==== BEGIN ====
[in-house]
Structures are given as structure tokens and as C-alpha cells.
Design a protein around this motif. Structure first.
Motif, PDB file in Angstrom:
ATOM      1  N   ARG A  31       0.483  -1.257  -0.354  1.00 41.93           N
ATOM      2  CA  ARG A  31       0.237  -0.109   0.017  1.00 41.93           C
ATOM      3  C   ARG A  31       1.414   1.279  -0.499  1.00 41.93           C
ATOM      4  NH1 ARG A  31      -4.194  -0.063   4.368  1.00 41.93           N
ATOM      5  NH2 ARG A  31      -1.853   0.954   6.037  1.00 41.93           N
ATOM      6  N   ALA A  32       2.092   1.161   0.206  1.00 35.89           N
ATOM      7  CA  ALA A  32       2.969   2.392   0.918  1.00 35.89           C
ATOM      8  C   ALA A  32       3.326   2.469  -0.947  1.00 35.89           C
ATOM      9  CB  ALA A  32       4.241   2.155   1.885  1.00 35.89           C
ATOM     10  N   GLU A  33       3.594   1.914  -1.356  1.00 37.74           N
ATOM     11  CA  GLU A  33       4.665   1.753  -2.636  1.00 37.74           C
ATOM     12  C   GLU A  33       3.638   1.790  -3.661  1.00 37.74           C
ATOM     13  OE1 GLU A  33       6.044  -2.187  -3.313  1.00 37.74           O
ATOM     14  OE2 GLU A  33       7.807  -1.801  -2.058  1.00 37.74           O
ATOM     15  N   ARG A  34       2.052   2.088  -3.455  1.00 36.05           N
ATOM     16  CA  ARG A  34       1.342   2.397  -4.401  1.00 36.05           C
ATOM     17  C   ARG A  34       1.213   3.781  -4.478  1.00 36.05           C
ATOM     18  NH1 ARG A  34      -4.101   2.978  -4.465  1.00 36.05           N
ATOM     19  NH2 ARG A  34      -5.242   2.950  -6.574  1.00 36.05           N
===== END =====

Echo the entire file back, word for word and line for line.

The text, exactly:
[in-house]
Structures are given as structure tokens and as C-alpha cells.
Design a protein around this motif. Structure first.
Motif, PDB file in Angstrom:
ATOM      1  N   ARG A  31       0.483  -1.257  -0.354  1.00 41.93           N
ATOM      2  CA  ARG A  31       0.237  -0.109   0.017  1.00 41.93           C
ATOM      3  C   ARG A  31       1.414   1.279  -0.499  1.00 41.93           C
ATOM      4  NH1 ARG A  31      -4.194  -0.063   4.368  1.00 41.93           N
ATOM      5  NH2 ARG A  31      -1.853   0.954   6.037  1.00 41.93           N
ATOM      6  N   ALA A  32       2.092   1.161   0.206  1.00 35.89           N
ATOM      7  CA  ALA A  32       2.969   2.392   0.918  1.00 35.89           C
ATOM      8  C   ALA A  32       3.326   2.469  -0.947  1.00 35.89           C
ATOM      9  CB  ALA A  32       4.241   2.155   1.885  1.00 35.89           C
ATOM     10  N   GLU A  33       3.594   1.914  -1.356  1.00 37.74           N
ATOM     11  CA  GLU A  33       4.665   1.753  -2.636  1.00 37.74           C
ATOM     12  C   GLU A  33       3.638   1.790  -3.661  1.00 37.74           C
ATOM     13  OE1 GLU A  33       6.044  -2.187  -3.313  1.00 37.74           O
ATOM     14  OE2 GLU A  33       7.807  -1.801  -2.058  1.00 37.74           O
ATOM     15  N   ARG A  34       2.052   2.088  -3.455  1.00 36.05           N
ATOM     16  CA  ARG A  34       1.342   2.397  -4.401  1.00 36.05           C
ATOM     17  C   ARG A  34       1.213   3.781  -4.478  1.00 36.05           C
ATOM     18  NH1 ARG A  34      -4.101   2.978  -4.465  1.00 36.05           N
ATOM     19  NH2 ARG A  34      -5.242   2.950  -6.574  1.00 36.05           N